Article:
Enter, Larry Walters, Food Scientist and principal Founder of Nu-World Amaranth Inc. Larry was introduced to amaranth by John Rodale who sponsored a food industry conference on amaranth. At that time there was 100% market potential but a US production base of 0% and 0% worldwide availability. Amaranth was not ready for the consumer food market! Larry saw the benefits of amaranth as a nutrition boost to the US diet though. He decided to experiment with raising it, got seed from John Rodale (Rodale Press) and he and his brother, Terry grew a few acres. The following spring a story appeared in Organic Gardening Magazine listing them as one of four growers in this country. As a result of that article, Larry and Diane’s (his wife) mail box was inundated with people who wanted to buy it, grow it and learn more about it! That’s how our business began.

I’m going to look for some of their products at PCC the next time I go.

popped amaranth cereal

But in the meantime, luckily, I had some amaranth on my pantry shelves, since I had bought some in bulk a couple of weeks ago. And I remembered reading a recipe in The Splendid Grain for popped amaranth cereal. Always on the look for a whole-grain breakfast to take the place of my oatmeal, I turned on the stove and waited for my skillet to heat up almost to the point of smoking. When it grew so hot I thought I’d set off the smoke alarm the next minute, I threw in 1/4 cup of the tiny amaranth seeds and waited to see what would happen. I didn’t have to wait long. They began popping, jumping off the skillet, dancing and fluttering. The smell that wafted to my nose made me pop a little too. It smelled a bit like popcorn, with more warmth, woody, a little more depth. The entire kitchen smelled of it, like I had made an entire meal. (And when I returned from the swimming pool, hours later, I could still smell it as I walked up the stairs to my house.) I couldn’t wait to eat it. I find that I love foods that make me feel like I’m playing, like a kid, when I cook it. And this is definitely one. After about two minutes, most of the grains were toasted a darker brown, letting off this delicious smell. And the rest had stopped popping. I spooned the hot grains into my favorite red bowl, filled it with soy milk, a tablespoon of maple syrup, and a a few spoonfuls of my blackberry jam. And ate. Ah, the decadence. It doesn’t taste like anything else I have ever eaten. I can really taste the little seeds in my mouth, and they are crunchy and mushy at the same time. Easy going down, but quite clearly a whole grain, as well. And all morning, afterwards, I felt energized and clean.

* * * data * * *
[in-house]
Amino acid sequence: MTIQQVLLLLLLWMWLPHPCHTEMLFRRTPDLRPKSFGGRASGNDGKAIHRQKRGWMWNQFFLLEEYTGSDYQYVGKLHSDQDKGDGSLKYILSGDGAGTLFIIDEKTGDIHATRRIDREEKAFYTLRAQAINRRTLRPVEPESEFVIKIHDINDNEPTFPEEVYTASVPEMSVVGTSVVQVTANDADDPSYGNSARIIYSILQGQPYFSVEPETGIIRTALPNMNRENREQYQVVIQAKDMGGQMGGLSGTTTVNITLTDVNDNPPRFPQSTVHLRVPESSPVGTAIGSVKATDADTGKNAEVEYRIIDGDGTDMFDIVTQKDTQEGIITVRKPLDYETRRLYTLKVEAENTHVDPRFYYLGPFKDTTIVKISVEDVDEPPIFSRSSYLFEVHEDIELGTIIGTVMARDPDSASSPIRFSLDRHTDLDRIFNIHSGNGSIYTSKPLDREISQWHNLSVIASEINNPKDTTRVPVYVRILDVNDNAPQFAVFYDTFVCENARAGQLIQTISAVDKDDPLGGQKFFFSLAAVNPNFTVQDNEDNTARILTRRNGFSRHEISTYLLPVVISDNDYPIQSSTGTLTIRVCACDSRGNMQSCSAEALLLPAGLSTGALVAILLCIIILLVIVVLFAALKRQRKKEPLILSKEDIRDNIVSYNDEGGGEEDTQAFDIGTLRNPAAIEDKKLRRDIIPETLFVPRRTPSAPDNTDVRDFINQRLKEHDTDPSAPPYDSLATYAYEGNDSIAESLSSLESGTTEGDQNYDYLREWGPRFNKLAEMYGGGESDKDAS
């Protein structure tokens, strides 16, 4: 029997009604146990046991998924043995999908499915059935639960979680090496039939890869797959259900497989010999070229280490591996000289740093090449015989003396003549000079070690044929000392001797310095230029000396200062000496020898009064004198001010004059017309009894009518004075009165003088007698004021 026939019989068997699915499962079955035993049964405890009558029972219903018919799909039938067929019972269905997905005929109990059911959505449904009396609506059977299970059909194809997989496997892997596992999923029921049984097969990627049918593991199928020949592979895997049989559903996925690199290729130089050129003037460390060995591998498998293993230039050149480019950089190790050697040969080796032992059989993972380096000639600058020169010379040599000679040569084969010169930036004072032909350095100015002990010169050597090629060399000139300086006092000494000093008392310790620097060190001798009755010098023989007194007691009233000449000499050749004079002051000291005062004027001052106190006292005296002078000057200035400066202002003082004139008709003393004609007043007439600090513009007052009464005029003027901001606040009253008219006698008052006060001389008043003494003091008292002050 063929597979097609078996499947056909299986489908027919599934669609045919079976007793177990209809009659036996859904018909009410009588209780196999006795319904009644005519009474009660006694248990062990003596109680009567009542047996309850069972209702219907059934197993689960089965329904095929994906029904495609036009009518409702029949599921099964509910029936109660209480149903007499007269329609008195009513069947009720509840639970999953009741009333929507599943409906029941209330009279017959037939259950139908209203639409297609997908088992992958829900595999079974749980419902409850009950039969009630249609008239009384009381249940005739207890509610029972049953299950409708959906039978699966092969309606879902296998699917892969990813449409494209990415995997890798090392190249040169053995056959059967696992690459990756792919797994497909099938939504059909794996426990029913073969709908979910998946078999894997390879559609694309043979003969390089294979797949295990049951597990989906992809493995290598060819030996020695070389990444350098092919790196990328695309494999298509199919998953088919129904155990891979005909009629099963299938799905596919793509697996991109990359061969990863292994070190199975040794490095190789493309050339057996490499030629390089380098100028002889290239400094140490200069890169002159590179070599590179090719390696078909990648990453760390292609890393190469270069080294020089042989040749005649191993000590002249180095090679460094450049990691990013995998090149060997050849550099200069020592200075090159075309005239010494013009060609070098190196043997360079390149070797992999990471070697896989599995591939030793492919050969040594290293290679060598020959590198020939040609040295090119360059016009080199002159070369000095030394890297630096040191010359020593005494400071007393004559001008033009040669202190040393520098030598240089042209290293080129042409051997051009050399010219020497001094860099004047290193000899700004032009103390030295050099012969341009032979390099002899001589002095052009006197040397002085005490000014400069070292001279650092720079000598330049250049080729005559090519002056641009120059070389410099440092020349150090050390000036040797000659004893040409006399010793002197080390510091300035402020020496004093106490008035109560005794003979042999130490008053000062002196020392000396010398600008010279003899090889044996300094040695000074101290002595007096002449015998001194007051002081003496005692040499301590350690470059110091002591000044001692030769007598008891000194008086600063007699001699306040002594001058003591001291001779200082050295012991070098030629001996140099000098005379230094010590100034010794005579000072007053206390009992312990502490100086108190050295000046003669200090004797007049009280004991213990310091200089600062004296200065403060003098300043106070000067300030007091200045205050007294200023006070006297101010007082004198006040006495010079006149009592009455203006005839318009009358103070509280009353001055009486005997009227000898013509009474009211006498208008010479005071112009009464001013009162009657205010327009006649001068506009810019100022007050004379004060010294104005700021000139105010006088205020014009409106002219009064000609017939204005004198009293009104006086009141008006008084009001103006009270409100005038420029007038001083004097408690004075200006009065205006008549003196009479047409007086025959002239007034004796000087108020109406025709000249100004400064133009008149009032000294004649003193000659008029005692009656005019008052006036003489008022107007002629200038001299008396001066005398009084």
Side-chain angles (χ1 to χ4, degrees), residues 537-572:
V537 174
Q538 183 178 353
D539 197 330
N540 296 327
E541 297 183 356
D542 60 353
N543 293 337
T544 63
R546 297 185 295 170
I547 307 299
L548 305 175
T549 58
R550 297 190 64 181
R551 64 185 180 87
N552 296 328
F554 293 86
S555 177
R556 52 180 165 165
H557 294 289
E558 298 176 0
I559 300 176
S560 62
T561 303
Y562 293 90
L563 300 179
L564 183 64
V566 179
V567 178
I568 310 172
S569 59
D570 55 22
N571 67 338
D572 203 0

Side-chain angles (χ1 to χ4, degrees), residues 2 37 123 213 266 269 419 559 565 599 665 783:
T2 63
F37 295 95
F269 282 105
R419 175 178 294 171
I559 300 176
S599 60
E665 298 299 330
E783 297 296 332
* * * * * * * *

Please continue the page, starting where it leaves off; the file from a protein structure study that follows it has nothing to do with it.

I’m having more tomorrow.

blackberry jam

(And oh, yes, I made that blackberry jam last night. I finally redeemed myself—Meri and I went out picking yesterday afternoon, after the farmers’ market, at Discovery Park. And yes, my hands were stained purple and filled with scratches from thorns. And the plastic bags we used to hold the berries leaked little drops of juice, which are still splattered on my floor. The first batch we made turned out great, because we used Sure-Jell, which provides the easiest jam-making experience I can imagine. But when we realized we had enough berries for more jars, I ran across the street to Ken’s for more Sure-Jell and found only Pomona Pectin. Maybe I’m not good enough to use this stuff, but it seems extraordinarily too complicated. And inadequate. Those jars have little chunks of congealed pectin in them, so only Meri and I can eat them. But the first batch are ready for toast tomorrow. Come on over.)

And so, for lunch, I wanted more amaranth, the leaves this time.

It’s starting to be autumn around here. Oh, the day outside my window is gloriously blue-skied, but there are giant, puffy clouds blotting out parts of the blue. The heat is thinner than it was in July. And last night, as we were making jam, Meri and I looked out the window and noticed it was dark. At 8:30 pm. Damn. Don’t get me wrong—I love autumn too. I love the crisp air, the fresh crop of apples, the coziness of sweaters. But the start of fall means the start of school. And I’m just not ready to go back to teaching yet. Oh, I don't want to talk about it yet.